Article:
Recently, a delayed reaction of 3 to 6 hours after ingestion of mammalian red meat has been identified. Identification of this phenomenon occurred after hypersensitivity reactions were reported to cetuximab, predominantly in patients in Southern states. Further investigations noted that these patients had an IgE antibody to galactose-α-1,3-galactose (alpha-gal), a carbohydrate moiety in cetuximab that is also present in mammalian red meat.
      • Arnold D.F.
      • Misbah S.A.
      Cetuximab-induced anaphylaxis and IgE specific for galactose-α-1,3-galactose.
      It was later noted that the distribution of cetuximab reactions and delayed red meat reactions overlapped with the geographic distribution of Amblyomma americanum (the Lone Star tick). When questioned, patients who presented with delayed meat reactions and IgE antibodies to alpha-gal recalled recent tick bites.
      An IgE reaction to alpha-gal should be suspected in patients who may have been exposed to the Lone Star tick and present with repeated episodes of urticaria, angioedema, or anaphylaxis without a known trigger. The association with red meat may not be readily apparent given the delayed nature of these reactions. Patients often report reactions in the middle of the night after consuming mammalian red meat for dinner. Implicated meats include beef, lamb, pork, venison, goat, and bison. The diagnosis is made through history and detection of elevated serum IgE antibodies to alpha-gal on a commercially available test. Skin prick testing has variable utility in diagnosis.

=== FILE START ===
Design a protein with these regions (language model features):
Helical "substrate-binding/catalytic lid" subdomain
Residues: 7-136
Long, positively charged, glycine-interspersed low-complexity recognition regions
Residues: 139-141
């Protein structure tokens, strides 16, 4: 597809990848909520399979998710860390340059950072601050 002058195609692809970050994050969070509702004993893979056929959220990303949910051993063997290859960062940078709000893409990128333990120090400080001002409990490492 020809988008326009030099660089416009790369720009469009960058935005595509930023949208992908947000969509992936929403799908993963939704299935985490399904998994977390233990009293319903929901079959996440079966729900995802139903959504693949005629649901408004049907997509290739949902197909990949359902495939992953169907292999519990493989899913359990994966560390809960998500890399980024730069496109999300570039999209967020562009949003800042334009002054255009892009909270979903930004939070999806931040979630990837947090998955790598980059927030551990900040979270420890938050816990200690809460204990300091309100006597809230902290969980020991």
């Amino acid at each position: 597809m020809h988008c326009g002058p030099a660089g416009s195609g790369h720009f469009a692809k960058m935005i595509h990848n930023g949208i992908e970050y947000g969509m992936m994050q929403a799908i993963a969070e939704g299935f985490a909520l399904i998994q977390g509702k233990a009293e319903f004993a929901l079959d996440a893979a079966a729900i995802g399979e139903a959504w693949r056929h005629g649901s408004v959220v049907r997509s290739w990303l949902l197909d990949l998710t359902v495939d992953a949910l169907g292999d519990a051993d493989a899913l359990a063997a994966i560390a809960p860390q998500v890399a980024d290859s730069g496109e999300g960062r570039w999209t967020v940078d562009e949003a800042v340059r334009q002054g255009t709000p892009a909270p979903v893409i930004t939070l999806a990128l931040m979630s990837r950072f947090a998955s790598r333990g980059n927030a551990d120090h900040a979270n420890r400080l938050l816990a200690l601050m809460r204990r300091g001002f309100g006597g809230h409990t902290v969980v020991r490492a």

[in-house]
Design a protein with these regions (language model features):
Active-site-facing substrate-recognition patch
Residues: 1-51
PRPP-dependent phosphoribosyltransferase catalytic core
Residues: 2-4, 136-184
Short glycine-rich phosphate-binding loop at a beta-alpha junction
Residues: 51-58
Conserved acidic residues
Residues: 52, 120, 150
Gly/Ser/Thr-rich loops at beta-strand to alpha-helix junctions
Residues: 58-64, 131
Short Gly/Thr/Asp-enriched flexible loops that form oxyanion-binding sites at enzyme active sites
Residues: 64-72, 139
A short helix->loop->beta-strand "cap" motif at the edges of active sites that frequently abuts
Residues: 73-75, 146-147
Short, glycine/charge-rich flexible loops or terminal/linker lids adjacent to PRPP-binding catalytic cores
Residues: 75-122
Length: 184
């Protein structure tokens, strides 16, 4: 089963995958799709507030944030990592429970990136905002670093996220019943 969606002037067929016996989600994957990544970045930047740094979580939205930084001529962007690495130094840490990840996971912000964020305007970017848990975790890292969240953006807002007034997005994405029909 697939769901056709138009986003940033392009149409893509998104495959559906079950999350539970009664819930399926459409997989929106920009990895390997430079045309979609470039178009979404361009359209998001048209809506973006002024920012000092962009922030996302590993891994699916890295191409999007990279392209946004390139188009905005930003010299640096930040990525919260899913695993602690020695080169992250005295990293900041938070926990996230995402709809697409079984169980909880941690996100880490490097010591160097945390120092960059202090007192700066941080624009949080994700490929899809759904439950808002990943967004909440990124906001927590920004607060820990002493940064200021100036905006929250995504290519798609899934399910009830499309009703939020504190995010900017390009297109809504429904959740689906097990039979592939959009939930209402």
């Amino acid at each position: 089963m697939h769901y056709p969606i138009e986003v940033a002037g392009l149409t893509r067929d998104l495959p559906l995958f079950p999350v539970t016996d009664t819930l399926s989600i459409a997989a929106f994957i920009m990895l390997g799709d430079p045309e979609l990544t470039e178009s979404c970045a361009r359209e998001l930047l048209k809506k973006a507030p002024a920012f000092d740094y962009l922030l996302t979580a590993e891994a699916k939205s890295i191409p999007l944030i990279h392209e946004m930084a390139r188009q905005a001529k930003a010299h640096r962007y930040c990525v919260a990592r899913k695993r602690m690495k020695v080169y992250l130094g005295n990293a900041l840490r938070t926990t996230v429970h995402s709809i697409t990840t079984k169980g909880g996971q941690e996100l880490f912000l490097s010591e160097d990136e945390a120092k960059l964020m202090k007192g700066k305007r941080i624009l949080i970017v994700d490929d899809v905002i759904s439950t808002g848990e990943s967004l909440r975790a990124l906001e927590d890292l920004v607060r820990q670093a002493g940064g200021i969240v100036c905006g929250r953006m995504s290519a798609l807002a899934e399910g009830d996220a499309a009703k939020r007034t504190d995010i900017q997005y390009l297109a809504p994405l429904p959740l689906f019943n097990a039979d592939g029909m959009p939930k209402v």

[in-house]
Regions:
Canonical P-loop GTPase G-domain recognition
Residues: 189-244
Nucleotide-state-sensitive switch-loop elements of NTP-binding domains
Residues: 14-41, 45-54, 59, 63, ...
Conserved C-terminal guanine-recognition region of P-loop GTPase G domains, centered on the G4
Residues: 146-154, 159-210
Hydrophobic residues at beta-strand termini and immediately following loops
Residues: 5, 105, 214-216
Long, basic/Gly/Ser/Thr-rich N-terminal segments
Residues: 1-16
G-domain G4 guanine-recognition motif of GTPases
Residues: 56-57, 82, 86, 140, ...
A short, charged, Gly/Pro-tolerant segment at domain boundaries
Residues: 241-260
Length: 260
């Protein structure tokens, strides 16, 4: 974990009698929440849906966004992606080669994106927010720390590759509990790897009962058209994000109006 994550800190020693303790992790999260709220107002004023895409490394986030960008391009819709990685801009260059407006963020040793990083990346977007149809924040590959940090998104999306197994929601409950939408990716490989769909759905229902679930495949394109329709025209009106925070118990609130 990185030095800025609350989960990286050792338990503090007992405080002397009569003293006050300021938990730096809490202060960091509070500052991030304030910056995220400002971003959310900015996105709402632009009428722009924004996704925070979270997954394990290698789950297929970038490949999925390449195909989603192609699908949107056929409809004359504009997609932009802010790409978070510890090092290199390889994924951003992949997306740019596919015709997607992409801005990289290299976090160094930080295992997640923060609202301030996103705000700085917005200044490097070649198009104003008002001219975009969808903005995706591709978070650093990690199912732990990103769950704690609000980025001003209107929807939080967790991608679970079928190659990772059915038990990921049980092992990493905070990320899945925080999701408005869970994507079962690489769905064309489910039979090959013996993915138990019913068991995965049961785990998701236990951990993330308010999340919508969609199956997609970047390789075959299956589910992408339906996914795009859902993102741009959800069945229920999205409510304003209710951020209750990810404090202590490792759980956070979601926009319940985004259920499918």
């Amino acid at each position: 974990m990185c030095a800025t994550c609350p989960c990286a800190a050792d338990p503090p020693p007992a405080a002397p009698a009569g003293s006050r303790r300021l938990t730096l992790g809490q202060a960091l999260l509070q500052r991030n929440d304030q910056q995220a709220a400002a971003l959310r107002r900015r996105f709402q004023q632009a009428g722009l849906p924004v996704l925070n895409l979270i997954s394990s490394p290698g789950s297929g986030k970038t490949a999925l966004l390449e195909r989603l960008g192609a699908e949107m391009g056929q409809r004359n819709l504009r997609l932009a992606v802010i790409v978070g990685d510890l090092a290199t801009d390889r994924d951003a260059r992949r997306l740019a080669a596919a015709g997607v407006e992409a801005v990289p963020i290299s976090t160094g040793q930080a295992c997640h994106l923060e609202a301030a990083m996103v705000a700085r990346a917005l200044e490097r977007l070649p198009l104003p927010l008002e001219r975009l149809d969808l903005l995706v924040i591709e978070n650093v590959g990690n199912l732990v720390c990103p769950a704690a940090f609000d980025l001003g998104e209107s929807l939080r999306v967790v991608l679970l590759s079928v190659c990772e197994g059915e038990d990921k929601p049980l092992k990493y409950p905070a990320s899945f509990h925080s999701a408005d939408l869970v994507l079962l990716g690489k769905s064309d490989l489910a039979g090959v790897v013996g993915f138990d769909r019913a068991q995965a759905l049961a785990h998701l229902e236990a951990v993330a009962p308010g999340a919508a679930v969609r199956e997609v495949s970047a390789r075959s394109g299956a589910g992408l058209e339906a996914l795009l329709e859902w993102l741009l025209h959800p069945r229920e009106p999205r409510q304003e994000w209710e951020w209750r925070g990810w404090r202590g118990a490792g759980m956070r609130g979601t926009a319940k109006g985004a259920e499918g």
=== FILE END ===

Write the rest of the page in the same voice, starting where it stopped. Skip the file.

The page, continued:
• Commins S.P.
      • Satinover S.M.
      • Hosen J.
      • et al.
      Delayed anaphylaxis, angioedema, or urticaria after consumption of red meat in patients with IgE antibodies specific for galactose-α-1,3-galactose.
      Affected patients should avoid all mammalian meat.
      • Sampson H.A.
      • Aceves S.
      • Bock S.A.
      • et al.
      Food allergy: a practice parameter update-2014.

      Cofactors in Food-Induced Anaphylaxis

      Some patients experience allergic reactions to food only in the presence of a cofactor. Exercise, nonsteroidal anti-inflammatory drugs, asthma, infections, and alcohol are well-known cofactors that induce food-related reactions.